So I think the new troubles are likely to be different from the old troubles. You may wish you had a Volcker-style recession instead of what you’re gonna get. The troubles that come to us could be worse than what Volcker was dealing with. And harder to fix.
BECKY QUICK 04:50
CHARLIE MUNGER 04:51
Think of all the Latin American countries that print too much money. They get strongmen and so forth.
That’s what Plato said happened in the early Greek city-state democracy. One person, one vote, a lot of legalities, and you get demagogues, and the demagogues lather of the population, and pretty soon you don’t have your democracy anymore.
I don’t think that was a crazy idea on Plato’s part. I think that accurately describes what happened in Greece way back then. And it’s happening again and again in Latin America. We don’t want to go there. At least I don’t.
BECKY QUICK 05:35
From Simon Jacobs who says, "conventional economic theory argues that excessive monetary and fiscal stimulus over the last two years has triggered the highest inflation in 40 years. Do you broadly agree with this thesis? And more importantly, do you think there will be a high economic price to pay as the Fed attempts to bring inflation back under control?"
I guess the reasons for it –
CHARLIE MUNGER 05:58
Well, the first part I agree with. We’ve done something pretty extreme. And we don’t know how bad the troubles will be — whether it’ll gonna be like Japan or something a lot worse. And what makes life interesting is that we don’t know how it’s gonna work out.
I think we do know we’re flirting with serious trouble. And I think we also know that some of our earlier fears were overblown.
Japan is still existing as a civilized nation in spite of unbelievable excess by all former standards in terms of money printing. Think of how seductive it is. You have a bunch of interest-bearing debts and you pay them off with checking accounts on which you’re no longer paying interest.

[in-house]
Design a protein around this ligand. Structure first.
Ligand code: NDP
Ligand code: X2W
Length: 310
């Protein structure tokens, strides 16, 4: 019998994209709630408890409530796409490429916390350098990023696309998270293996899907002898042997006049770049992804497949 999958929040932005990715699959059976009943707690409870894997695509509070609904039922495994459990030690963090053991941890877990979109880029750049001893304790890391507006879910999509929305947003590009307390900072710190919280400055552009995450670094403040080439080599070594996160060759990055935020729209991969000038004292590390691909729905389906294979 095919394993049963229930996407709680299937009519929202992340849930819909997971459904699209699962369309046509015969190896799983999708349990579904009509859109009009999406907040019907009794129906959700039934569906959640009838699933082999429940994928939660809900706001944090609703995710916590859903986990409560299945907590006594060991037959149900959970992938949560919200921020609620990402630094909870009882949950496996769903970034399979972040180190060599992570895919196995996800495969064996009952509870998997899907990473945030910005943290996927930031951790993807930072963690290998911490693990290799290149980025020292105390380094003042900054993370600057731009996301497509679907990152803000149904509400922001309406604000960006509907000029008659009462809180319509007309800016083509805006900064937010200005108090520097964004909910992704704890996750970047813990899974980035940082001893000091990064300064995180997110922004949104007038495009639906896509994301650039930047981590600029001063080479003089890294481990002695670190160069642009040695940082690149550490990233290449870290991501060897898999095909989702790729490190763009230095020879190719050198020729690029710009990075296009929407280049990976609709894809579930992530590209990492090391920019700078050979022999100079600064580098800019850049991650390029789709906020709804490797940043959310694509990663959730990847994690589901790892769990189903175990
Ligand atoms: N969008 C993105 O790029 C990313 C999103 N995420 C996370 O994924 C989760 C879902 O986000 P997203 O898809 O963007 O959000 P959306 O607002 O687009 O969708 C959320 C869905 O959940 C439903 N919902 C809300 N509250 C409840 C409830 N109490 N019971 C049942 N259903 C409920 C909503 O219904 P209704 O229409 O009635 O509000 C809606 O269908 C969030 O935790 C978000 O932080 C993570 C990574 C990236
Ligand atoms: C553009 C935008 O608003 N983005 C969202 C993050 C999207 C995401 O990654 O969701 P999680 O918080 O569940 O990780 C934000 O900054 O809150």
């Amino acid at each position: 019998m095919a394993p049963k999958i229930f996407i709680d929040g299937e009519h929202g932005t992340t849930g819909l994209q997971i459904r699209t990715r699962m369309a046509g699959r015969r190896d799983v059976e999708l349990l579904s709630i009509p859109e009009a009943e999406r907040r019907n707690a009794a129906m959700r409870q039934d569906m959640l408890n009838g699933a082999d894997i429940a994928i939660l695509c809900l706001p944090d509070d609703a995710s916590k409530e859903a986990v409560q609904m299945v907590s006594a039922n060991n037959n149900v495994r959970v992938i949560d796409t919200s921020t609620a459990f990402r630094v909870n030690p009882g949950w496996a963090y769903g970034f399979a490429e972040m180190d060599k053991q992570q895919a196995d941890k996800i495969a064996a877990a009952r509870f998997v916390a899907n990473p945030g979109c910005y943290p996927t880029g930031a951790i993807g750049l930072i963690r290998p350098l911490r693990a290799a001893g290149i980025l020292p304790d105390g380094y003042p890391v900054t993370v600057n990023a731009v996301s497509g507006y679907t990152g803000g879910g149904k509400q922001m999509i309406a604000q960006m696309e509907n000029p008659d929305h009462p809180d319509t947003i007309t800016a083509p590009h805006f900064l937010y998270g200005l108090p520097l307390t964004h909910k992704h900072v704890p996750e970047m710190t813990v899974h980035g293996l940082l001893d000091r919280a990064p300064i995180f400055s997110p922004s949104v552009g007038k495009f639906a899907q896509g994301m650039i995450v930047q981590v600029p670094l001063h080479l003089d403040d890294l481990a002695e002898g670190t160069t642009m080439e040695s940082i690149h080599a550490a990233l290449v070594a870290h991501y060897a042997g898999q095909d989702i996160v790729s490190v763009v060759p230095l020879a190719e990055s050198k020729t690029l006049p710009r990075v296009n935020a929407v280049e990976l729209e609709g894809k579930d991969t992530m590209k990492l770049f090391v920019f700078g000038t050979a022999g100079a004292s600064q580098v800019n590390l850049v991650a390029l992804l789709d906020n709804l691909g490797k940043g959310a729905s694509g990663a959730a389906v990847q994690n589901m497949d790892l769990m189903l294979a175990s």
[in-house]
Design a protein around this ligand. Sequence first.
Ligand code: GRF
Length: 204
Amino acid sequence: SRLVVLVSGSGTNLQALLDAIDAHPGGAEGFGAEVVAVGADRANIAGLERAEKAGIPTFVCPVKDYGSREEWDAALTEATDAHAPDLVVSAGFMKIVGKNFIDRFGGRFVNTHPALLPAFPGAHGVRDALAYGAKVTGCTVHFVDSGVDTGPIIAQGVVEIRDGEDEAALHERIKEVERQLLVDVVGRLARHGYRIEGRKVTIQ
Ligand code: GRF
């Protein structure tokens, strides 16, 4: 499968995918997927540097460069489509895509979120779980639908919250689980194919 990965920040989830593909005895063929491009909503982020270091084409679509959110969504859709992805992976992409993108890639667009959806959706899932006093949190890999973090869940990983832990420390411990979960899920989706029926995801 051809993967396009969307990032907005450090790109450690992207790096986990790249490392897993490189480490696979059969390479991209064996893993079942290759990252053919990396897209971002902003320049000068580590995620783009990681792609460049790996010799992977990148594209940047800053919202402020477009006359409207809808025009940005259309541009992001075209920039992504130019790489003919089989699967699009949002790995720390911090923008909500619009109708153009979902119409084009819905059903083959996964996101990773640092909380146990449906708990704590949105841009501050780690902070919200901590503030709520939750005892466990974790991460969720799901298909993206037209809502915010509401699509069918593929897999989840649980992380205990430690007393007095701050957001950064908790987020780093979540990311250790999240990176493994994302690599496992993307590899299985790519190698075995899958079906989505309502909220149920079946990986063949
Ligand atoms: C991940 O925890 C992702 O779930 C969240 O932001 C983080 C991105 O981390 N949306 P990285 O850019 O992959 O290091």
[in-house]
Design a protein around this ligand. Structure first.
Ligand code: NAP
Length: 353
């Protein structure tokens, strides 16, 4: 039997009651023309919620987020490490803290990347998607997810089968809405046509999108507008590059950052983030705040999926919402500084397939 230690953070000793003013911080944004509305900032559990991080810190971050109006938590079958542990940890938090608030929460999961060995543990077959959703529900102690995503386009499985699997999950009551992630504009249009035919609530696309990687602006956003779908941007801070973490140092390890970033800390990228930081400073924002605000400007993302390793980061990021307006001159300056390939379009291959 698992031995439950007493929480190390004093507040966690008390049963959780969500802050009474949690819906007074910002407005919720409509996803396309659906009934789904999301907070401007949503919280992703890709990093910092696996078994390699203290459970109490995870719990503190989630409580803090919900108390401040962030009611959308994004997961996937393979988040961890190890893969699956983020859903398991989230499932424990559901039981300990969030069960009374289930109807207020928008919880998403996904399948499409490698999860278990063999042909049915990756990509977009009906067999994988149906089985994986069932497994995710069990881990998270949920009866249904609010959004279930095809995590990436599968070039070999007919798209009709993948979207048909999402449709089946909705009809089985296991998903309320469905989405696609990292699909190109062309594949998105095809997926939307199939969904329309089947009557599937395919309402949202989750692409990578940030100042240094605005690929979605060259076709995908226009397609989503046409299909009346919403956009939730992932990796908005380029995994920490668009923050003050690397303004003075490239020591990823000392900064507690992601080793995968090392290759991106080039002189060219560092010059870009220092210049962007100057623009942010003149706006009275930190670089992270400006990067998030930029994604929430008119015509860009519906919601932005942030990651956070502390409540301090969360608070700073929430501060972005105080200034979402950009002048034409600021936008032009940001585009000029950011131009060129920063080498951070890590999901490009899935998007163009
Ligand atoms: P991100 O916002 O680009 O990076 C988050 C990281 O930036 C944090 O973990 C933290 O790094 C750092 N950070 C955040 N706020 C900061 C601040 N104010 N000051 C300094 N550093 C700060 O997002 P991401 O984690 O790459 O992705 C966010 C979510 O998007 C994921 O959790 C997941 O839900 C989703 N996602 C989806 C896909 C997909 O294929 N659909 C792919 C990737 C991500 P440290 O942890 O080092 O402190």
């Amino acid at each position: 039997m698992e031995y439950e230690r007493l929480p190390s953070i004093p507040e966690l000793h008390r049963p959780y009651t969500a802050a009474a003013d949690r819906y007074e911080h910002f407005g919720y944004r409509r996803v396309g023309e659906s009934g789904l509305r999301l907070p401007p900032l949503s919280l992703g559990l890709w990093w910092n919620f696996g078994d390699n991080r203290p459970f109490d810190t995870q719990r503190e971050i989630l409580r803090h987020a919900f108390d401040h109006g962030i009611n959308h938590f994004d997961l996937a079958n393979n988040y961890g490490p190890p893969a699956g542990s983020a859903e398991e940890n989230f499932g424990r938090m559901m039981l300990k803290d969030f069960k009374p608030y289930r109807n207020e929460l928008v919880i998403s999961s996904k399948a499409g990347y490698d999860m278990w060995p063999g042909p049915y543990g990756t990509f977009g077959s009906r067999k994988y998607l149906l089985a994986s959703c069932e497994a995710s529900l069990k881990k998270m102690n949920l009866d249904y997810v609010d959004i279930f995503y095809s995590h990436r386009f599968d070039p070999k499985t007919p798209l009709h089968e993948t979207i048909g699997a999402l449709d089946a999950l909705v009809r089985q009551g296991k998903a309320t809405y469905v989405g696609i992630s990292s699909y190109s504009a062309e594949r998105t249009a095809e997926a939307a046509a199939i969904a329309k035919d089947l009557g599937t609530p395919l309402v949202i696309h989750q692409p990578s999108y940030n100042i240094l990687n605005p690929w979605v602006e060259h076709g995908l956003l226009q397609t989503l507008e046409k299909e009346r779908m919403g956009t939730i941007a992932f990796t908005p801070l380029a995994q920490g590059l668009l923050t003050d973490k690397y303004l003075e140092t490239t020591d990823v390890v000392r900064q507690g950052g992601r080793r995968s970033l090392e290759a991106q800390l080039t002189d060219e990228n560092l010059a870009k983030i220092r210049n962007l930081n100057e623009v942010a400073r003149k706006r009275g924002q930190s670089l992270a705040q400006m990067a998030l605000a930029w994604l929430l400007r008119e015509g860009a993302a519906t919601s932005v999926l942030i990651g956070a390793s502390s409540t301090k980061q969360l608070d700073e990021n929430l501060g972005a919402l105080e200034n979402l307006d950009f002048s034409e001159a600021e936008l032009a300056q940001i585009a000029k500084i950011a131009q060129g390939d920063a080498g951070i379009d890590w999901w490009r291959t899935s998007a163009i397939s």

Think of how seductive that is for a bunch of legislators. You get rid of the interest payments and the money supply goes up. Seems like heaven. And of course, when things get that seductive, they’re likely to be overused.
BECKY QUICK 07:21
Steven Tetter from Atlanta writes in, he had similar concerns about inflation but he takes it a step further, he says, "how will this all play out? And what’s the best advice you have for individual investors to optimally deal with the negative impact of inflation other than owning quality equities?"
CHARLIE MUNGER 07:39
Well, it may be that you have to choose the least bad of your a bunch of options. That frequently happens in human decision making.
The Mungers have Berkshire stock, Costco stock, Chinese stocks through Li Lu, a little bit of Daily Journal stock, and a bunch of apartment houses. Do I think that’s perfect? No. Do I think it’s okay? Yes.
I think the great lesson from the Mungers is that you don’t need all this damn diversification. That's plenty of – you’re lucky if you got four good assets. I think the finance professors and the [people] that sell the idea that perfect diversification is professional investment.
If you’re trying to do better than average, you’re lucky if you have four things to buy. And to ask for 20 is really asking for egg in your beer. It's – (Laughter) Very few people have enough brains to get 20 good investments. (Laughter)
The worst thing to do during inflationary environment is being ignorant and not doing anything.